There is a law in Texas against leaving your keys in the ignition of your vehicle and thus you could be penalized for doing so.

The Texas Department of Motor Vehicles (DMV) notes on its site that not only is it illegal to leave your keys in your unattended vehicle, but if your vehicle is stolen with the keys in it, your insurance company may not cover your loss.

The law they are citing is under Section 545.404 of the Texas Transportation Code, which is titled Unattended Motor Vehicle. Here it states that a driver may not leave the vehicle unattended without:

1) Stopping the engine

(2) Locking the ignition

(3) Removing the key from the ignition

(4) Setting the parking brake effectively

(5) If standing on a grade, turn the front wheels to the curb or side of the highway.

The Dallas Police Department notes that unattended vehicles with keys in the ignition can be cited with a fine typically under $200.

While Texas Transportation Code Section 545.404 prohibits drivers from leaving their car unattended without stopping the engine, locking the ignition, and removing the key from the ignition, the Texas court has held that this section of law only applies to vehicles parked on public highways and streets. The Cities of Dallas, Austin and Arlington have also interpreted Texas Transportation Code Section 545.404 in a similar manner.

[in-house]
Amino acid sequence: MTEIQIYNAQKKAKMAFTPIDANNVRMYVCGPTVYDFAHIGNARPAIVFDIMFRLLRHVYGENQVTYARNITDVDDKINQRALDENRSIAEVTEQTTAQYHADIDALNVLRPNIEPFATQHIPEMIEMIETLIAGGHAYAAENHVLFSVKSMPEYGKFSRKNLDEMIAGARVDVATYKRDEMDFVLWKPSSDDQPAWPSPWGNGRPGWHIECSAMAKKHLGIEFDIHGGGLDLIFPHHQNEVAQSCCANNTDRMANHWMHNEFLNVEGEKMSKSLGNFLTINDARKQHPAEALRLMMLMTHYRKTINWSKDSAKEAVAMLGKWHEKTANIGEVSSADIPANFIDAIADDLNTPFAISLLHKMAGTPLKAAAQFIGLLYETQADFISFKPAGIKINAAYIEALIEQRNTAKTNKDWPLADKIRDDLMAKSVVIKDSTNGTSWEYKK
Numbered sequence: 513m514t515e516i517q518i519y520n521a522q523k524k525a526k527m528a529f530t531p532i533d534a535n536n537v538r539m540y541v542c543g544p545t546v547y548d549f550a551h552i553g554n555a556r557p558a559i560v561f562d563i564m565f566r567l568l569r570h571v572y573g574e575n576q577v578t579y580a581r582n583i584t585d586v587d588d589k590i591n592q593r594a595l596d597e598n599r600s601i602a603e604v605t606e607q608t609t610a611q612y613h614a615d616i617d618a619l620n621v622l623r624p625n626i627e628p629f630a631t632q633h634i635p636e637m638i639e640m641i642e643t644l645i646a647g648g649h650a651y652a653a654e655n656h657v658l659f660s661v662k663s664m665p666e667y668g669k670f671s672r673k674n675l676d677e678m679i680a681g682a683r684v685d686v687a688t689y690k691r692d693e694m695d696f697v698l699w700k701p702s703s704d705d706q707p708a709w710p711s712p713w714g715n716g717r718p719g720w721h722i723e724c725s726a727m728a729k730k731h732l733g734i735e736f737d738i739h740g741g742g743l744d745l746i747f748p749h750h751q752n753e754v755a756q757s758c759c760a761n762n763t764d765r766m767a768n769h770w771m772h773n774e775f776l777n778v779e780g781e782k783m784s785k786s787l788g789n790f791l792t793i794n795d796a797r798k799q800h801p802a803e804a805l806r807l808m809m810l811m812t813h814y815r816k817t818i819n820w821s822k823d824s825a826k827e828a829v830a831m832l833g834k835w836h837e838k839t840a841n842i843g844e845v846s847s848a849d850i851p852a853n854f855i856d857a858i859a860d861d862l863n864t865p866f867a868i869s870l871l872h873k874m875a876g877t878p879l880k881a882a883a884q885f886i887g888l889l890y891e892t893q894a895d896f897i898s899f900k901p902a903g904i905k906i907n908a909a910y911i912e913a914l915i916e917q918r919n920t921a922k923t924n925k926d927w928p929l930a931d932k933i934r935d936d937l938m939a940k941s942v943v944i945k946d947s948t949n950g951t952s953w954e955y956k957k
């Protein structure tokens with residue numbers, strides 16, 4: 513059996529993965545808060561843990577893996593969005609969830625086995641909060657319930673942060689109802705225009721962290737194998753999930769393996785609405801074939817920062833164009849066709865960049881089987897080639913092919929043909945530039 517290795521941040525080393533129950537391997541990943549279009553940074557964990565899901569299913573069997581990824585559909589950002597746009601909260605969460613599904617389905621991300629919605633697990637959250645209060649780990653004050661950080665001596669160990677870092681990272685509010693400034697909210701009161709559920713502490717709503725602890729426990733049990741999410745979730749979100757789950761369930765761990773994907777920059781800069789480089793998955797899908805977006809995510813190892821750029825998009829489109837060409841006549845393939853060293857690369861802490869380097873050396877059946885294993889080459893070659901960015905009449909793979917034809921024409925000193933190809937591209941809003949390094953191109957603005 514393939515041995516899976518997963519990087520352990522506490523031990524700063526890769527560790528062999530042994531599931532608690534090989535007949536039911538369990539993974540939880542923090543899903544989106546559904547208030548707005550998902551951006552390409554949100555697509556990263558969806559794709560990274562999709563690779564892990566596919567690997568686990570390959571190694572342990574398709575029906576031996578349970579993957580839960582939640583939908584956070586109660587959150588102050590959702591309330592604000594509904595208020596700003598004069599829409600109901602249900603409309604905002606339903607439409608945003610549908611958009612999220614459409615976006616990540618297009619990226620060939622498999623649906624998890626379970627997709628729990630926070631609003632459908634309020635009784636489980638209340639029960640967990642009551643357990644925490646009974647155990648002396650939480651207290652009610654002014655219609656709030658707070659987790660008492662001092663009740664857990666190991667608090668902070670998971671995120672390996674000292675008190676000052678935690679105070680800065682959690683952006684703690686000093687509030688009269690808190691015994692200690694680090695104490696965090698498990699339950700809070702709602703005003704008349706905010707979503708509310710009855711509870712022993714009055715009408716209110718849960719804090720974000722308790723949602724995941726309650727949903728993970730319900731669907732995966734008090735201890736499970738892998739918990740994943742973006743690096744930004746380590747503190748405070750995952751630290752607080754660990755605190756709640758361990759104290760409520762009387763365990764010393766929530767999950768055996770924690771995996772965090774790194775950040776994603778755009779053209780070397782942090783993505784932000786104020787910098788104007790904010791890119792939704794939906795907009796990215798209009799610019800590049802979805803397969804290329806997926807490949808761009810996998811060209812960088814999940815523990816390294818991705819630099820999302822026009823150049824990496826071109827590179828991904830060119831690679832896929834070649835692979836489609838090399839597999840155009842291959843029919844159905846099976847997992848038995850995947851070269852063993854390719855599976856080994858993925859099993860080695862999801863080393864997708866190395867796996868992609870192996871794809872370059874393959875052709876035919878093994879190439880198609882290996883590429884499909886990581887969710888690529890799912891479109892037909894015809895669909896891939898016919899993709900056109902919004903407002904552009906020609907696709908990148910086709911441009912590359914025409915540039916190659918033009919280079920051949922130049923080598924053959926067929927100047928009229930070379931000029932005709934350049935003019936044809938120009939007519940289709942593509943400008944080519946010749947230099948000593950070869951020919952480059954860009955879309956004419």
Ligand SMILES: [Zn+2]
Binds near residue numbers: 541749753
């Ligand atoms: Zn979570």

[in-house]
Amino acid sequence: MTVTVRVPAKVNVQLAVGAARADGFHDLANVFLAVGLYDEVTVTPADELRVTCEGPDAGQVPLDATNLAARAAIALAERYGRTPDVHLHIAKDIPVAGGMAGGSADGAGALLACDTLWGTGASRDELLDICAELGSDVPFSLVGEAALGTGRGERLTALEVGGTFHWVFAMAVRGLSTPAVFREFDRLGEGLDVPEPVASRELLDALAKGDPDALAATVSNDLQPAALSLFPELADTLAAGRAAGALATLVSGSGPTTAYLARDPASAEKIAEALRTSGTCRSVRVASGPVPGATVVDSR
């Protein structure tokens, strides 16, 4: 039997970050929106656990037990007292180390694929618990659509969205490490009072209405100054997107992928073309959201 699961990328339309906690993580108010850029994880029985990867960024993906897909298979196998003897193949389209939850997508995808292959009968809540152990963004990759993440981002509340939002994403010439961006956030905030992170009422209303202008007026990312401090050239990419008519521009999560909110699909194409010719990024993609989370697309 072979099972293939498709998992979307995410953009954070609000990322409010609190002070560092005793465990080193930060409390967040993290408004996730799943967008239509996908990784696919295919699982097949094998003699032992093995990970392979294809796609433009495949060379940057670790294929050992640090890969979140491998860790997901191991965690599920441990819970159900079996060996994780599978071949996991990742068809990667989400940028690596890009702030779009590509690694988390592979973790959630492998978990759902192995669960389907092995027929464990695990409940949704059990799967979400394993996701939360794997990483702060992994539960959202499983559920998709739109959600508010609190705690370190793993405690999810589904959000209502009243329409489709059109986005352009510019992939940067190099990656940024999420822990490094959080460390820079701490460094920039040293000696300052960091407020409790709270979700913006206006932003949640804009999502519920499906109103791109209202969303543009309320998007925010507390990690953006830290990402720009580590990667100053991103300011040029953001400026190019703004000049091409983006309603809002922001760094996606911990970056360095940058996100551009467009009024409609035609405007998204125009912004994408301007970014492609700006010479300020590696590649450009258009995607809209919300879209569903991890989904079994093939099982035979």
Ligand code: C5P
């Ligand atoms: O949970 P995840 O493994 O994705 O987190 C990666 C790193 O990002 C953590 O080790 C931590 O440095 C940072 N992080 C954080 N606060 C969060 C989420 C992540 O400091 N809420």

Many cities have amended their city code with an ordinance making it unlawful to park your vehicle and leave it unattended on any private street or any off-street public or private property.

Leaving your keys in your ignition, especially if you do so while also leaving the car running makes your car an easy target for thieves. Depending upon the terms of your auto insurance policy, your insurer may be able to deny claims if you are negligent and leave the keys in your vehicle so that it can be stolen. Take precautions and follow state laws to make sure that your vehicle is not vulnerable to thieves.

— Michelle Megna contributed to this story.

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Contributing Writer

Shivani Gite is a personal finance and insurance writer with a degree in journalism and mass communication. She is passionate about making insurance topics easy to understand for people and helping them make better financial decisions. When not writing, you can find her reading a book or watching anime.